• Court 17, a new showcase court that the USTA added this year. With a capacity of 2800, it’s big enough for fairly popular matches but still keeps the fans close to the action. It features the Hawkeye call-review system, beautiful design, and a nice video board.

Flying American: Overall, flying American Airlines was a good experience despite its current financial troubles. Nearly everyone was pleasant and helpful, the planes were comfortable and clean, and our outbound flight left on time. The onboard wifi worked pretty well and offered a nice flight tracker, but I only used the free features since I didn’t want to play $15.95 for full access.

Our only problem came on the way home. Just after starting our takeoff roll, the crew noticed a problem with one of the engines and aborted the takeoff, which damaged the nosewheel tires. Maintenance decided to change the tires and then test the engines, which meant a 60-90 minute delay or so on the tarmac followed by deplaning for the engine test. In all, we left about 3:00-3:30 late. However, the crew took very good care of us during the tarmac delay (food and water around 60 minutes after we initially pushed) and gave us frequent, detailed updates so we would know what was happening.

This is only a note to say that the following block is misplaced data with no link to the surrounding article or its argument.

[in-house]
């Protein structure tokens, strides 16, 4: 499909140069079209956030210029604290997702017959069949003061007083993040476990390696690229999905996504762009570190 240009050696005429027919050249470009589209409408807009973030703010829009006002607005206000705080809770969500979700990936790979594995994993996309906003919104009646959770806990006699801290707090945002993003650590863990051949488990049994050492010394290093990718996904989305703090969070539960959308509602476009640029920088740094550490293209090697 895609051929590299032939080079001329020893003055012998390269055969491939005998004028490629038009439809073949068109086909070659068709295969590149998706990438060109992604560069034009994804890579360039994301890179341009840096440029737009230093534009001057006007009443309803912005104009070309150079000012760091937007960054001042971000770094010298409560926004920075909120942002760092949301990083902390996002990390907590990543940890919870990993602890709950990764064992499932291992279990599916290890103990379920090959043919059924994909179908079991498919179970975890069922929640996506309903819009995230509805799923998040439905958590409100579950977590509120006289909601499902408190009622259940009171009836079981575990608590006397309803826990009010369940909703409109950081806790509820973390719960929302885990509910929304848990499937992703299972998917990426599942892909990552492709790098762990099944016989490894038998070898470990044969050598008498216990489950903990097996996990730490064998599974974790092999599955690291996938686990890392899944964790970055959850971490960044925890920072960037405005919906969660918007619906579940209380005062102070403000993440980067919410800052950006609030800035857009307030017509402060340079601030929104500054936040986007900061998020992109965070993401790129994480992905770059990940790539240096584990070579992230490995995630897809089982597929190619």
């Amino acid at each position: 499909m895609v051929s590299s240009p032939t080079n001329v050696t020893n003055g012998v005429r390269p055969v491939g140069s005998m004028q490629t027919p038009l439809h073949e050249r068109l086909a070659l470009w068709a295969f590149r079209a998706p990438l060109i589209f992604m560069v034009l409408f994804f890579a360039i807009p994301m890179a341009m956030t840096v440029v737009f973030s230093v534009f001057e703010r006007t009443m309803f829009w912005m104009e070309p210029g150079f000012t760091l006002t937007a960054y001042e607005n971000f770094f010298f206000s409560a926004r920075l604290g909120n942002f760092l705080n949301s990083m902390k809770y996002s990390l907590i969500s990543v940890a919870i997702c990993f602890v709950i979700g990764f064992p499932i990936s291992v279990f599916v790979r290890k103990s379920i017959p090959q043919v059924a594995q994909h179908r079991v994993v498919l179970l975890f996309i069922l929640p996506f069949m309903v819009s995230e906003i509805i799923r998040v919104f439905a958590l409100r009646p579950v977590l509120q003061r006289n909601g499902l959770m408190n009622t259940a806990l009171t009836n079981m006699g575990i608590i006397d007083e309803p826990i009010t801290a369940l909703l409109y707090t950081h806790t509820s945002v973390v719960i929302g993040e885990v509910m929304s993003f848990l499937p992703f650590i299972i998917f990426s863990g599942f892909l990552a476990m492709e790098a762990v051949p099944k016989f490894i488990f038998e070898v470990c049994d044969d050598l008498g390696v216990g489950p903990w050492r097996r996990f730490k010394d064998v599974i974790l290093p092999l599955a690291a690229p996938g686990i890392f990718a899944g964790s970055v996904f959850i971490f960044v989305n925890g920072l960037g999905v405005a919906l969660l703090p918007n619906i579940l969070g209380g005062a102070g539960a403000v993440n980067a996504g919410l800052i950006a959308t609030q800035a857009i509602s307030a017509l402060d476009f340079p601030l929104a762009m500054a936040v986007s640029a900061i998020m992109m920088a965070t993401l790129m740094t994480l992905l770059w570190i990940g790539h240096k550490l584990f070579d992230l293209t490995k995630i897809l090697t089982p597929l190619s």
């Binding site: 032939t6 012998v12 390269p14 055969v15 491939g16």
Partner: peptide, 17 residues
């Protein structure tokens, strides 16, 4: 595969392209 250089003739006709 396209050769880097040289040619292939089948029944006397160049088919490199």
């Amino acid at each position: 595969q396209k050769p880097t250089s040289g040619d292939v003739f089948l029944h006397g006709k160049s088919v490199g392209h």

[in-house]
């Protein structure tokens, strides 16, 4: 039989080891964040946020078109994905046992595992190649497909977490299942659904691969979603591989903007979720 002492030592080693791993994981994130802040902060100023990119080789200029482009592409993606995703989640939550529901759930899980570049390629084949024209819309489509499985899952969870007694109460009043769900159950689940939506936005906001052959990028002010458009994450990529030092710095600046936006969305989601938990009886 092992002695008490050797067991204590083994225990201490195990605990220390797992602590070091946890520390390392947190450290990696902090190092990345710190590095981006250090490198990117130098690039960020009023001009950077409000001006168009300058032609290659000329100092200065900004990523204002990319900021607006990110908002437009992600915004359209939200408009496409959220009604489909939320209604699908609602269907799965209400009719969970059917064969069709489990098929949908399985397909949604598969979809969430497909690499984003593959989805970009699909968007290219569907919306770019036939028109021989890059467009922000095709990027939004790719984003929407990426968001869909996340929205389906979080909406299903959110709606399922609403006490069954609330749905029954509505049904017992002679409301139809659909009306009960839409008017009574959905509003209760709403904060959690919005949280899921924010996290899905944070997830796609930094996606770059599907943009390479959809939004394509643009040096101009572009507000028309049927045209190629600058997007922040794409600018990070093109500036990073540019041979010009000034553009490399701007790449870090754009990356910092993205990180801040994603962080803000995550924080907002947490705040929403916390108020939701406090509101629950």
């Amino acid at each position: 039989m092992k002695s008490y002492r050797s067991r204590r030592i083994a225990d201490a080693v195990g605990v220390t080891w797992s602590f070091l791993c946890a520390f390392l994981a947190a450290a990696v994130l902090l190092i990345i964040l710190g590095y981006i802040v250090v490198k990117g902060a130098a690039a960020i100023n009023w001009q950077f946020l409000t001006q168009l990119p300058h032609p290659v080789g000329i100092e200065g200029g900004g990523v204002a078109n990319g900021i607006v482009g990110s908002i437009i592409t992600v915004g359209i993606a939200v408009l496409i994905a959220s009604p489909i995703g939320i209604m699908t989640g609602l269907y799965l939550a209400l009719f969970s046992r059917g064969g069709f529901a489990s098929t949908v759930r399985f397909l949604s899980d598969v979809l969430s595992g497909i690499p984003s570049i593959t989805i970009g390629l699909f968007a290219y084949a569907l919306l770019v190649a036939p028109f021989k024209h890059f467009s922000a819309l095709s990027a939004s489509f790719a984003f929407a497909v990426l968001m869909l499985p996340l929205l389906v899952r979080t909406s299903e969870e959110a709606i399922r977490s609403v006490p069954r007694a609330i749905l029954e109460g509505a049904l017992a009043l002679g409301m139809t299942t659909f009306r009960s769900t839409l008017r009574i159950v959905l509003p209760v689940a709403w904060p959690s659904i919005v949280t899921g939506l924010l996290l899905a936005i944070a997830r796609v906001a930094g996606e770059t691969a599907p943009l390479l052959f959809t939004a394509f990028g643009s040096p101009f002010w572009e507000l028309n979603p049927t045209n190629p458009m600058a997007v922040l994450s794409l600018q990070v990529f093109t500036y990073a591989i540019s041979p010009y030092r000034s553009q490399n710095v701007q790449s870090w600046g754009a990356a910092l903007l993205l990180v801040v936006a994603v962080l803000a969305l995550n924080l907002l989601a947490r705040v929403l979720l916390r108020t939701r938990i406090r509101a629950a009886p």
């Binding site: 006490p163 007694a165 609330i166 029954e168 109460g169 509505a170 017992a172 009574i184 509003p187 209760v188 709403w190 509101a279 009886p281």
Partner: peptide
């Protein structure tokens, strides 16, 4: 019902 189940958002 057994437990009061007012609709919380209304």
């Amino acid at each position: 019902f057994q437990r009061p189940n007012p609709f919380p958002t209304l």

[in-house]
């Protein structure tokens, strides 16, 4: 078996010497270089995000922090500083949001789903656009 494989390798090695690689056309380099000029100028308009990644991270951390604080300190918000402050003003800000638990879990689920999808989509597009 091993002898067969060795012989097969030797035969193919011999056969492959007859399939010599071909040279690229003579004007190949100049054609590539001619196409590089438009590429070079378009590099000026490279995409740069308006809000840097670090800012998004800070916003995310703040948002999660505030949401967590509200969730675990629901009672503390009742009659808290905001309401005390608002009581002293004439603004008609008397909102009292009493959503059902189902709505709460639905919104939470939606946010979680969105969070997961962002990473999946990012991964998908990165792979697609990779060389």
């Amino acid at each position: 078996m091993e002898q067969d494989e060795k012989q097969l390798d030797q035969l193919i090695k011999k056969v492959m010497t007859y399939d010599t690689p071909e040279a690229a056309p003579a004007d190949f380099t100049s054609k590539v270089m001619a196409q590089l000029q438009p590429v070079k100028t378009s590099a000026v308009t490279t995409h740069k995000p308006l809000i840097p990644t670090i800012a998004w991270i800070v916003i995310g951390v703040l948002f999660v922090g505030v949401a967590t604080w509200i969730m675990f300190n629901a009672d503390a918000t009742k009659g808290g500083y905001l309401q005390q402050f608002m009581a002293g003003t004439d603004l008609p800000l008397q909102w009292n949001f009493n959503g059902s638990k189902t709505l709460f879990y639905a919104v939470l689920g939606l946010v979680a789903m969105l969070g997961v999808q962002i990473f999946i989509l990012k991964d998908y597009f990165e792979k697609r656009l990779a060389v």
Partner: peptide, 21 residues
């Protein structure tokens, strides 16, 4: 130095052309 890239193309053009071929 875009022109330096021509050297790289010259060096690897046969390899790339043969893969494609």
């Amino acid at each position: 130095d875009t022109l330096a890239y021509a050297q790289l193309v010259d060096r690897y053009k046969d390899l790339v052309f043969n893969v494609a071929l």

Travel Buddies: As expected, my mom and aunt made great travel buddies. We got along well, respected each other’s goals for the trip, made plans but remained flexible, split up when necessary, shared some good talks and good laughs, and managed not to get into too much trouble.

Except for the flight delay coming home, it was a very smooth and enjoyable trip that we’ll all remember for years to come.

Want to see pictures? Sure, you do! Here you go.

First Family Vacation to Galveston

On Sunday, we hopped on the company plane, flew to Houston, and drove to Galveston for our first ever family vacation. It was an exhausting trip, but we survived, and the boys had a great time!

Photos from Our Trip

First Flights for Jonathan

We intentionally picked a short, wide-open flight for Jonathan’s first. That way if it didn’t go well, we wouldn’t bother as many people, and it would be over quicker. DAL-HOU is nearly as short as we could get, about 40-45 minutes in the air. After much debate over whether to bring their carseats onboard or to check them, we chose to check them. The boys had their own seats and sat very nicely after getting buckled in. I sat with Brenden on the way down and Jonathan on the way back, letting them watch part of a movie on my new iPad with kid-sized headphones. Jenny had their bag with a portable DVD player, paper, stickers, and other goodies to keep them entertained. Jonathan was a bit nervous at first, especially during takeoff, but didn’t seem bothered by the pressure in his ears. Later he said his favorite part was flying through the clouds. Brenden handled it like a veteran flyer.